About the content
Driven by global crises in financial, economic, and governance systems, companies all over the world devote massive resources to their corporate social responsibility (CSR). But what is CSR? What does it mean, and what does it involve? Do stakeholders really care, and if they do, how should companies communicate with them? In uncertain modern climates, CSR is a crucial driving force of a (r)evolution in business.
If you are interested in the relationship between business and society, this course is for you! It is especially relevant for industry, public policy, and academic professionals working on CSR, as well as students following a traditional business curriculum who are interested in key value questions. The content is also accessible for consumers who are curious about how to make informed decisions while pursuing their own well-defined, long-term, responsible consumption goals.
This course addresses CSR in two ways:
- As a reflection of corporate self-awareness
- As a source of innovation and a means to deal with heightened competitiveness, demands for sustainable development, and shifts in international governance
By presenting insights from CSR experts, from both academia and practice, this course provides a way for managers, consumers, and citizens to acquire in-depth insights and critical perspectives on companies’ CSR activities and communications. The multi-industry case study structure of this course enables participants to confront the challenges facing today’s managers as they seek to develop and communicate their own CSR initiatives. Dedicated discussion forums also are available for participants to present personalized CSR cases.
To help participants manage and communicate about CSR with various internal and external stakeholders, this course seeks to:
- Support current and future business leaders in their efforts to make responsible leadership, sustainable production, and consumption central to their corporate vision.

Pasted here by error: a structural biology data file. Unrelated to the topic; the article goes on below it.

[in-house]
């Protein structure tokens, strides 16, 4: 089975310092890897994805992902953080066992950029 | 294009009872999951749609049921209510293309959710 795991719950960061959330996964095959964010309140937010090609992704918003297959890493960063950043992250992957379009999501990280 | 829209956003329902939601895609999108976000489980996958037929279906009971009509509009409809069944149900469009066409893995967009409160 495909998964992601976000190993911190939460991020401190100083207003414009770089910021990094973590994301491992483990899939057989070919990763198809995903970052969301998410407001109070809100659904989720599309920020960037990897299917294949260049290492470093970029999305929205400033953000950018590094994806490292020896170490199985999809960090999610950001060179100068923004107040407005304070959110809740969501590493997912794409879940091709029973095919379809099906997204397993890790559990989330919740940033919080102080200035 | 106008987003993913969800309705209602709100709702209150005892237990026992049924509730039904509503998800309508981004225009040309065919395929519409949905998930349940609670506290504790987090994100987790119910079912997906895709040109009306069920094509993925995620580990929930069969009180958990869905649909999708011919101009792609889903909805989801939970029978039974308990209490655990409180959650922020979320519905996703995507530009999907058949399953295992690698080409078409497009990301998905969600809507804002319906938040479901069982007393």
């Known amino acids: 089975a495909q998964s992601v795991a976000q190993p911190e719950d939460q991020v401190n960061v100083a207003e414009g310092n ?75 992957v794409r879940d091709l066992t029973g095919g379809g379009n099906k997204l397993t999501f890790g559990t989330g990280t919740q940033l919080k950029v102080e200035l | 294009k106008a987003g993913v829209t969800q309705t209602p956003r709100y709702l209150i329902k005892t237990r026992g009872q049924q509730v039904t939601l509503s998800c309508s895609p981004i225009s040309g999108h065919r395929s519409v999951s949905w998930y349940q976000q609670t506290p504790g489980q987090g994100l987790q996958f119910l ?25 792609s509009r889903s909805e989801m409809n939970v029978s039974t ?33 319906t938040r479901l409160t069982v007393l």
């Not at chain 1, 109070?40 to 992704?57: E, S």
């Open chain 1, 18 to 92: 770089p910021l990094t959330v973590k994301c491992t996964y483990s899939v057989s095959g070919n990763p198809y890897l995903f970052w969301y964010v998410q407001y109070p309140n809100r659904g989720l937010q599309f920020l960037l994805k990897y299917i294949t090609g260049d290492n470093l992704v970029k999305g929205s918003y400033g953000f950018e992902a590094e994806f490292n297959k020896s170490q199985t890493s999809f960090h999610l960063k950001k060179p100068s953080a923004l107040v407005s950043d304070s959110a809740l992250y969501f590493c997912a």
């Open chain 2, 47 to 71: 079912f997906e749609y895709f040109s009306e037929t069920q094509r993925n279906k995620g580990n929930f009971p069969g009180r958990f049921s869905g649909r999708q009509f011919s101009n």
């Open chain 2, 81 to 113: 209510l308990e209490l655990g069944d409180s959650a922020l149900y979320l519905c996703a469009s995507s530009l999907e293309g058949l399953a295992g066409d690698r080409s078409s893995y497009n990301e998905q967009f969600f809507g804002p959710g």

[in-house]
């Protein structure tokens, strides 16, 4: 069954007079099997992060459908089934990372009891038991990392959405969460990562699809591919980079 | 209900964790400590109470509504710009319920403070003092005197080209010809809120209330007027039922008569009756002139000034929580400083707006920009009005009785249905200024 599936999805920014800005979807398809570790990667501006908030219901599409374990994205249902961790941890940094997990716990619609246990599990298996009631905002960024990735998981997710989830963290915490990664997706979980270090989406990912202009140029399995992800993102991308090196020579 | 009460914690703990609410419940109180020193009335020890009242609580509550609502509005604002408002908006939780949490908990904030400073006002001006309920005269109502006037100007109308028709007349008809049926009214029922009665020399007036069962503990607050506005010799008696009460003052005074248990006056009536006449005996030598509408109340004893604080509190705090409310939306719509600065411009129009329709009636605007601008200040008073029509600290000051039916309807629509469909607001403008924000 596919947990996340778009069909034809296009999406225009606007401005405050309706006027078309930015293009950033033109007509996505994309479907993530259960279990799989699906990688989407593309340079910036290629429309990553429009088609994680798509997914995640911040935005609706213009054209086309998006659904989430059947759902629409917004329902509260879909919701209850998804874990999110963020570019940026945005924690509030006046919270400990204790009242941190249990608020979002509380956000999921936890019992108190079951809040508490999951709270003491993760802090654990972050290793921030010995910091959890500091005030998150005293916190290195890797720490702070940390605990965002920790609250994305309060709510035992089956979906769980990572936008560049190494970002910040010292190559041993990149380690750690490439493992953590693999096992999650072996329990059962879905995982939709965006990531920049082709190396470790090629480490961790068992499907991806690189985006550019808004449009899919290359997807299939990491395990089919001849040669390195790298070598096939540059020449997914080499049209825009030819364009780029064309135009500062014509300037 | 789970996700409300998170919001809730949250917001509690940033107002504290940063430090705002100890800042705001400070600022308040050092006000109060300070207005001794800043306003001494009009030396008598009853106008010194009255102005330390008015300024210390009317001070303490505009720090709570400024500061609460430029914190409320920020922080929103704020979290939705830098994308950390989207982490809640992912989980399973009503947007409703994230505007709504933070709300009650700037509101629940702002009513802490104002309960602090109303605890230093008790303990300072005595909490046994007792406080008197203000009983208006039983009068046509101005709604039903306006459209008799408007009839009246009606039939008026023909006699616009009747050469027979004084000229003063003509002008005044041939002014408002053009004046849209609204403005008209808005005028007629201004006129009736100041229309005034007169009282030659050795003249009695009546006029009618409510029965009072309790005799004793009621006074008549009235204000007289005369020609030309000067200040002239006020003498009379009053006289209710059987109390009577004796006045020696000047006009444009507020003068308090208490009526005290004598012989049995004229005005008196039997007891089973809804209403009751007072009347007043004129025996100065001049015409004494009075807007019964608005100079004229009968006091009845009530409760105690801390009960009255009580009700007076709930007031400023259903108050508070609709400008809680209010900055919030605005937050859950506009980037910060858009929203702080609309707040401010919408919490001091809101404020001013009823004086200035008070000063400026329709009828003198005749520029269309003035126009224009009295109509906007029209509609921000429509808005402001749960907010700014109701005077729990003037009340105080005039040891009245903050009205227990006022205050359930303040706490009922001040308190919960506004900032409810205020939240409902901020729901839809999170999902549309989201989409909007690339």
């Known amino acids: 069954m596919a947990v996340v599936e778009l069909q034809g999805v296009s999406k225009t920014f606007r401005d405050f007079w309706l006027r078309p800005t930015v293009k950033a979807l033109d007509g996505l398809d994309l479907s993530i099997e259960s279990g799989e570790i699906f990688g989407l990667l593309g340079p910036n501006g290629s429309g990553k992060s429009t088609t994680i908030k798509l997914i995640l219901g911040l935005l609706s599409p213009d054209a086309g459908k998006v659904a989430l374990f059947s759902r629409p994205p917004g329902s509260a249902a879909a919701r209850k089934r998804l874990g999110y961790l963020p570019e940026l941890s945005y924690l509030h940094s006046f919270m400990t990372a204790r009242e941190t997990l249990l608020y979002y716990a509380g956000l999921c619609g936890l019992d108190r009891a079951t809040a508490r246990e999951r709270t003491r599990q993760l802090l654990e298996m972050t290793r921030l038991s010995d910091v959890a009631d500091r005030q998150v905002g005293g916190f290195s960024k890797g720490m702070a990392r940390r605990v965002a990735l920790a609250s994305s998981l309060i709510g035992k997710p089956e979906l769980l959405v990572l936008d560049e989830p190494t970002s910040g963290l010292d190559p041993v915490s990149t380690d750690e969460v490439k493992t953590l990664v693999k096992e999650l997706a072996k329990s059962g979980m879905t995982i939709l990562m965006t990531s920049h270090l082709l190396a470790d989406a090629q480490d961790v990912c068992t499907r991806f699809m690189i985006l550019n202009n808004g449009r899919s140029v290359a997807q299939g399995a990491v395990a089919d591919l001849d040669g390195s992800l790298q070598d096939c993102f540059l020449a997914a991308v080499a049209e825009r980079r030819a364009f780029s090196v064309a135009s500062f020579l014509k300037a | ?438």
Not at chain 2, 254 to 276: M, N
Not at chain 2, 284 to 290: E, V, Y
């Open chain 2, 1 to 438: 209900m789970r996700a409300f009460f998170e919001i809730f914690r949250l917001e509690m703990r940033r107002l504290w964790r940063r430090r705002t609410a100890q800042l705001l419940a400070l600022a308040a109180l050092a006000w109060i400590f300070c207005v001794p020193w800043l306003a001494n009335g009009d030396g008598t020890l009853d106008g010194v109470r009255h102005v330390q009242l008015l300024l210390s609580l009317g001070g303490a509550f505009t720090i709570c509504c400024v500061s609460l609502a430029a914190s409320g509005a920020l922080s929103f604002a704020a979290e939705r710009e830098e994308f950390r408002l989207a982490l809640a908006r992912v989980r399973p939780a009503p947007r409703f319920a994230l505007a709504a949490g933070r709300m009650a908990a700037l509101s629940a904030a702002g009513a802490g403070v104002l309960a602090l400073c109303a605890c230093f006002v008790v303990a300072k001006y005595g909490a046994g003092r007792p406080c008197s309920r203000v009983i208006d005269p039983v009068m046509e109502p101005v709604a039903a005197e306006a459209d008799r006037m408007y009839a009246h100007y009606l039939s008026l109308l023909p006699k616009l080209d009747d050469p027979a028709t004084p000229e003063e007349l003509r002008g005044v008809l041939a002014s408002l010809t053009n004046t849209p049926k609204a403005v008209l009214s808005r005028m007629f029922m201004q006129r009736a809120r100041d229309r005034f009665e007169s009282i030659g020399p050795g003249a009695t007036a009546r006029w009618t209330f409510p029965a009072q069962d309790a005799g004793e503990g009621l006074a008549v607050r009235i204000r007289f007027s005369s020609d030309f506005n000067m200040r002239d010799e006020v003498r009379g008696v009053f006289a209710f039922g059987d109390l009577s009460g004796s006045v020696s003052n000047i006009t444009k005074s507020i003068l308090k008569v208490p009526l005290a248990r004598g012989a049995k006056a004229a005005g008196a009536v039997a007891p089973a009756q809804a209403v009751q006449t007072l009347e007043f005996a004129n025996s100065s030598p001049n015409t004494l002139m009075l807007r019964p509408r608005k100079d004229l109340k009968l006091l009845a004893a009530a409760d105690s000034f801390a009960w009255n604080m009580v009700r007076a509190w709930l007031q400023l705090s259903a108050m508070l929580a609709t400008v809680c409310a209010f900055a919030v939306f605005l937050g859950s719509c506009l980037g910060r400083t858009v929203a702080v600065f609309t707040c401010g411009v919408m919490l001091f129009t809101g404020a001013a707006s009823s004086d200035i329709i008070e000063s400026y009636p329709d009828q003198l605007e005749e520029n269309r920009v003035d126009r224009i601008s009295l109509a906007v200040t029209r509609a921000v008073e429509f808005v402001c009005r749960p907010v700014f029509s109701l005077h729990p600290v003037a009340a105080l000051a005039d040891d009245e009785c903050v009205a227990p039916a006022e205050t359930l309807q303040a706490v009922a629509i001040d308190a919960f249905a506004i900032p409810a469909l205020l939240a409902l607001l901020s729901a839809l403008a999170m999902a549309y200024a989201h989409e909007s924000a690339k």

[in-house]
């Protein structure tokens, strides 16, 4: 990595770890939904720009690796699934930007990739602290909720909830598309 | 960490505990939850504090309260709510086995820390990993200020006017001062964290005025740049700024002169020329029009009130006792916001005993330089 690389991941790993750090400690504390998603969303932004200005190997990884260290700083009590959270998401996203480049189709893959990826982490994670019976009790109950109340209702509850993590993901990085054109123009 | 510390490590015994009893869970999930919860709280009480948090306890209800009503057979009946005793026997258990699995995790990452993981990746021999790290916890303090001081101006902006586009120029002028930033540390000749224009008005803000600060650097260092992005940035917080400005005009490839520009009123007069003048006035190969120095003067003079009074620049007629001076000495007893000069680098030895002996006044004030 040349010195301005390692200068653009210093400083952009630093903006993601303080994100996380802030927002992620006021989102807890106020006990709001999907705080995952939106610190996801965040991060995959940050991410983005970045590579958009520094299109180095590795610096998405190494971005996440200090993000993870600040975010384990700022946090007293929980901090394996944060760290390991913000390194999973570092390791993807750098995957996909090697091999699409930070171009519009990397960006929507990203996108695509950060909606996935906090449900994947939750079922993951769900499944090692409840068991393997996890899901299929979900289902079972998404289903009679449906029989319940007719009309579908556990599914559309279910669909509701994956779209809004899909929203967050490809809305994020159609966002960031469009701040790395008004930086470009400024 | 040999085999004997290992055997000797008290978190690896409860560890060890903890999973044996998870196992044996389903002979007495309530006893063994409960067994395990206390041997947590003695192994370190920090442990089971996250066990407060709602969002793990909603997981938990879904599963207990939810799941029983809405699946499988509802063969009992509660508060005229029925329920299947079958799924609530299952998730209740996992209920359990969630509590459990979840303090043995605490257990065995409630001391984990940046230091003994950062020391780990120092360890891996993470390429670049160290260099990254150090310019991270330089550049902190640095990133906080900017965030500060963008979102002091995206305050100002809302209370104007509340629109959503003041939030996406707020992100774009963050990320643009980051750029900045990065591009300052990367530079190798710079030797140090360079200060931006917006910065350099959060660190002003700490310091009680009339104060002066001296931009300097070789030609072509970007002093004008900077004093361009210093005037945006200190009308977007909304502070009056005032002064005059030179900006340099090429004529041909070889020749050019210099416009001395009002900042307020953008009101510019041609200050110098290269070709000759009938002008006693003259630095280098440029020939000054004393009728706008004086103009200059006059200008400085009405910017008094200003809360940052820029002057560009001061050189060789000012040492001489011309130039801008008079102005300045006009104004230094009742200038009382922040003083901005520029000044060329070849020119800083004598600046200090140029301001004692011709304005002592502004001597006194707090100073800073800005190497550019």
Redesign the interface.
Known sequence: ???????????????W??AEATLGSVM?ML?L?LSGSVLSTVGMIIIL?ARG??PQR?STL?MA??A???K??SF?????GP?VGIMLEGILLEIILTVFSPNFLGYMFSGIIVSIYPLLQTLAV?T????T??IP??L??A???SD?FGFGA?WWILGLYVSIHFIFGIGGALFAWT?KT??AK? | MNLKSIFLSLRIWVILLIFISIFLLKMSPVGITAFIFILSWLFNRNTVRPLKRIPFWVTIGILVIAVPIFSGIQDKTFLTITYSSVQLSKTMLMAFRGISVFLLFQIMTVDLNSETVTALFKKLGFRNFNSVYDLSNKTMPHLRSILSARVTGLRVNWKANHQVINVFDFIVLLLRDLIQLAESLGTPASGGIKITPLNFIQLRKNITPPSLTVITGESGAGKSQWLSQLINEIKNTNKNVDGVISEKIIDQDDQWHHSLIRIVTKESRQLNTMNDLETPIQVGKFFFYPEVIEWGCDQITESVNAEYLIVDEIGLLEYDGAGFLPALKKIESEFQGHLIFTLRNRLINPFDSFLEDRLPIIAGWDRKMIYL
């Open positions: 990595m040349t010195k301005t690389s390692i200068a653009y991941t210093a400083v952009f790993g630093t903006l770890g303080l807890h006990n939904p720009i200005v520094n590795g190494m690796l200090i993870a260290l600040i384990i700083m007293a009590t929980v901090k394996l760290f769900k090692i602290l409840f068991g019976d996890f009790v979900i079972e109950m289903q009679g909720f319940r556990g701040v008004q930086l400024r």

- Help citizens to function more effectively as informed watchdogs and responsible consumers.
- Understand the multidimensional nature and content of corporate social responsibility
- Adopt a critical perspective on managerial practices related to societal issues
- Stimulate and manage impactful changes in organizations, toward more responsible postures
- Reconcile multiple stakeholders’ interests (and understand the importance of doing so), into a clear, persuasive, smart action and communication plan
- Recognize the risks of CSR washing, as well as the opportunities related to a strong CSR communication strategy
- No prior knowledge is required.
- Students who are unfamiliar with business concepts and language might have more difficulty understanding certain notions.
Becoming familiar with CSR
- What is the purpose of a company?
- What is CSR?
- What are the differences between CSR and the concept of shared value creation?
- Who are stakeholders?
- How can we identify relevant stakeholders and their expectations?
- What are some criticisms of CSR?
- How should companies implement CSR?
- What are some success factors and obstacles to CSR implementation?
- What is the role of stakeholder dialogue?
- What is the value of CSR for business?
- Why, or why not, should companies communicate about their CSR?
- Which channels of communication should they use?
- When should they communicate?
- What are some recommendations about the content of the CSR message?
- What is CSR-washing?
- Which recommendations exist for a credible CSR communication?
- What are the frameworks available in terms of CSR reporting?
- What is the current state of legislation?
- How can we assess the quality of a CSR report?
- In what conditions does CSR affect consumers?
- Who are the “responsible” consumers?
- What are the barriers to responsible consumption?
- What drives responsible consumption?
Professor, Corporate Social Responsibility and Marketing
Université catholique de Louvain
The Université catholique de Louvain or UCLouvain is a Belgian French-speaking university with several sites in six Belgian cities. Since the adoption of its new name, it has brought together UCL and the Université Saint-Louis - Bruxelles.
Following the split of the Catholic University of Leuven into two legally independent entities (1968), most of the French-speaking university has been located in Louvain-la-Neuve (Walloon Brabant) since 1972, and in Woluwe-Saint-Lambert for the faculties of medicine, pharmacy, dentistry and biomedical sciences. The Dutch-speaking university remains in Leuven, under the name of Katholieke Universiteit Leuven (KU Leuven). It is one of Belgium's leading universities and is regularly cited as one of the world's top 150 universities.
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